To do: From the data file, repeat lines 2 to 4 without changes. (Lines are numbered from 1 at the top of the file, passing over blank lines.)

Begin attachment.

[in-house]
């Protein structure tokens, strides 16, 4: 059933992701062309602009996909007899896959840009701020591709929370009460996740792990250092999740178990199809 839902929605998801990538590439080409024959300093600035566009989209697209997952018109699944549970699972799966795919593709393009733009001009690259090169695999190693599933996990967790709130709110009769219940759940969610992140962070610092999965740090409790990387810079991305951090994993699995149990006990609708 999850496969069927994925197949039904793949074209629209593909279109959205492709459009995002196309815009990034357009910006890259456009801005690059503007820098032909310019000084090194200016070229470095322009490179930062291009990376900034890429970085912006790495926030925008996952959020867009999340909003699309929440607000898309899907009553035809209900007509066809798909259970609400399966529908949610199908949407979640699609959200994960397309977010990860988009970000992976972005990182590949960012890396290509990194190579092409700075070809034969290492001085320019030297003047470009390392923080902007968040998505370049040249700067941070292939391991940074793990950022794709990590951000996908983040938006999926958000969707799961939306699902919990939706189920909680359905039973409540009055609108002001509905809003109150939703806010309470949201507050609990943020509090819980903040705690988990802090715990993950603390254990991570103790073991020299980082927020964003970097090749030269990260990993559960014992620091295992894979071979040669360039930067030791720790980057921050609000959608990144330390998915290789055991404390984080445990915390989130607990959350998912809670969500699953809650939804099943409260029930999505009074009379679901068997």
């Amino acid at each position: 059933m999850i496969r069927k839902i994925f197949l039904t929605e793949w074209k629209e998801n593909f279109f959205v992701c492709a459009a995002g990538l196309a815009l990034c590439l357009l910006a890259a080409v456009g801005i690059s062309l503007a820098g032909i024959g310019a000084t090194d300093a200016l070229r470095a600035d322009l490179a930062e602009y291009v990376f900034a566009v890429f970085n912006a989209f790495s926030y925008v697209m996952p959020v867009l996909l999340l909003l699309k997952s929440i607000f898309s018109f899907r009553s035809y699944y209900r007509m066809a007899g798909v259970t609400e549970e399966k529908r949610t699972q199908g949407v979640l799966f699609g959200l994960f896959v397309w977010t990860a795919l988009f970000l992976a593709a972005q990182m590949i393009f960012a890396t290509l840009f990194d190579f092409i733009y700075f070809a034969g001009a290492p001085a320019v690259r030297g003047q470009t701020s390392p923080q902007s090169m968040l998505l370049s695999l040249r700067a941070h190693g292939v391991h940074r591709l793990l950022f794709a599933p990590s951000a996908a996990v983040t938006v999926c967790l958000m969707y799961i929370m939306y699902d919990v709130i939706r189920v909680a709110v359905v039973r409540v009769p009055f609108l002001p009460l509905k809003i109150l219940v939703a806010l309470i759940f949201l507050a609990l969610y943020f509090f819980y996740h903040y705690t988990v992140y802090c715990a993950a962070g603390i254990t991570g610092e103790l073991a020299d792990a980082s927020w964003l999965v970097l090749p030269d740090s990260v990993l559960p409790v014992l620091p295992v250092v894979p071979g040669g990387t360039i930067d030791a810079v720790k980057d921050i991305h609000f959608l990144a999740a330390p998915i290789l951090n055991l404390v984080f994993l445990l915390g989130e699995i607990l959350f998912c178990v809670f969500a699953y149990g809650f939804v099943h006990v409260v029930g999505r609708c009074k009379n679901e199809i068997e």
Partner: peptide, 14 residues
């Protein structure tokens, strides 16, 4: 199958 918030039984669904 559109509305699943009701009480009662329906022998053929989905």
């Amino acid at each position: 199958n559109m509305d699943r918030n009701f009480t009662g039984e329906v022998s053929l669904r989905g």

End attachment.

């Protein structure tokens, strides 16, 4: 059933992701062309602009996909007899896959840009701020591709929370009460996740792990250092999740178990199809 839902929605998801990538590439080409024959300093600035566009989209697209997952018109699944549970699972799966795919593709393009733009001009690259090169695999190693599933996990967790709130709110009769219940759940969610992140962070610092999965740090409790990387810079991305951090994993699995149990006990609708 999850496969069927994925197949039904793949074209629209593909279109959205492709459009995002196309815009990034357009910006890259456009801005690059503007820098032909310019000084090194200016070229470095322009490179930062291009990376900034890429970085912006790495926030925008996952959020867009999340909003699309929440607000898309899907009553035809209900007509066809798909259970609400399966529908949610199908949407979640699609959200994960397309977010990860988009970000992976972005990182590949960012890396290509990194190579092409700075070809034969290492001085320019030297003047470009390392923080902007968040998505370049040249700067941070292939391991940074793990950022794709990590951000996908983040938006999926958000969707799961939306699902919990939706189920909680359905039973409540009055609108002001509905809003109150939703806010309470949201507050609990943020509090819980903040705690988990802090715990993950603390254990991570103790073991020299980082927020964003970097090749030269990260990993559960014992620091295992894979071979040669360039930067030791720790980057921050609000959608990144330390998915290789055991404390984080445990915390989130607990959350998912809670969500699953809650939804099943409260029930999505009074009379679901068997």
């Amino acid at each position: 059933m999850i496969r069927k839902i994925f197949l039904t929605e793949w074209k629209e998801n593909f279109f959205v992701c492709a459009a995002g990538l196309a815009l990034c590439l357009l910006a890259a080409v456009g801005i690059s062309l503007a820098g032909i024959g310019a000084t090194d300093a200016l070229r470095a600035d322009l490179a930062e602009y291009v990376f900034a566009v890429f970085n912006a989209f790495s926030y925008v697209m996952p959020v867009l996909l999340l909003l699309k997952s929440i607000f898309s018109f899907r009553s035809y699944y209900r007509m066809a007899g798909v259970t609400e549970e399966k529908r949610t699972q199908g949407v979640l799966f699609g959200l994960f896959v397309w977010t990860a795919l988009f970000l992976a593709a972005q990182m590949i393009f960012a890396t290509l840009f990194d190579f092409i733009y700075f070809a034969g001009a290492p001085a320019v690259r030297g003047q470009t701020s390392p923080q902007s090169m968040l998505l370049s695999l040249r700067a941070h190693g292939v391991h940074r591709l793990l950022f794709a599933p990590s951000a996908a996990v983040t938006v999926c967790l958000m969707y799961i929370m939306y699902d919990v709130i939706r189920v909680a709110v359905v039973r409540v009769p009055f609108l002001p009460l509905k809003i109150l219940v939703a806010l309470i759940f949201l507050a609990l969610y943020f509090f819980y996740h903040y705690t988990v992140y802090c715990a993950a962070g603390i254990t991570g610092e103790l073991a020299d792990a980082s927020w964003l999965v970097l090749p030269d740090s990260v990993l559960p409790v014992l620091p295992v250092v894979p071979g040669g990387t360039i930067d030791a810079v720790k980057d921050i991305h609000f959608l990144a999740a330390p998915i290789l951090n055991l404390v984080f994993l445990l915390g989130e699995i607990l959350f998912c178990v809670f969500a699953y149990g809650f939804v099943h006990v409260v029930g999505r609708c009074k009379n679901e199809i068997e």
Partner: peptide, 14 residues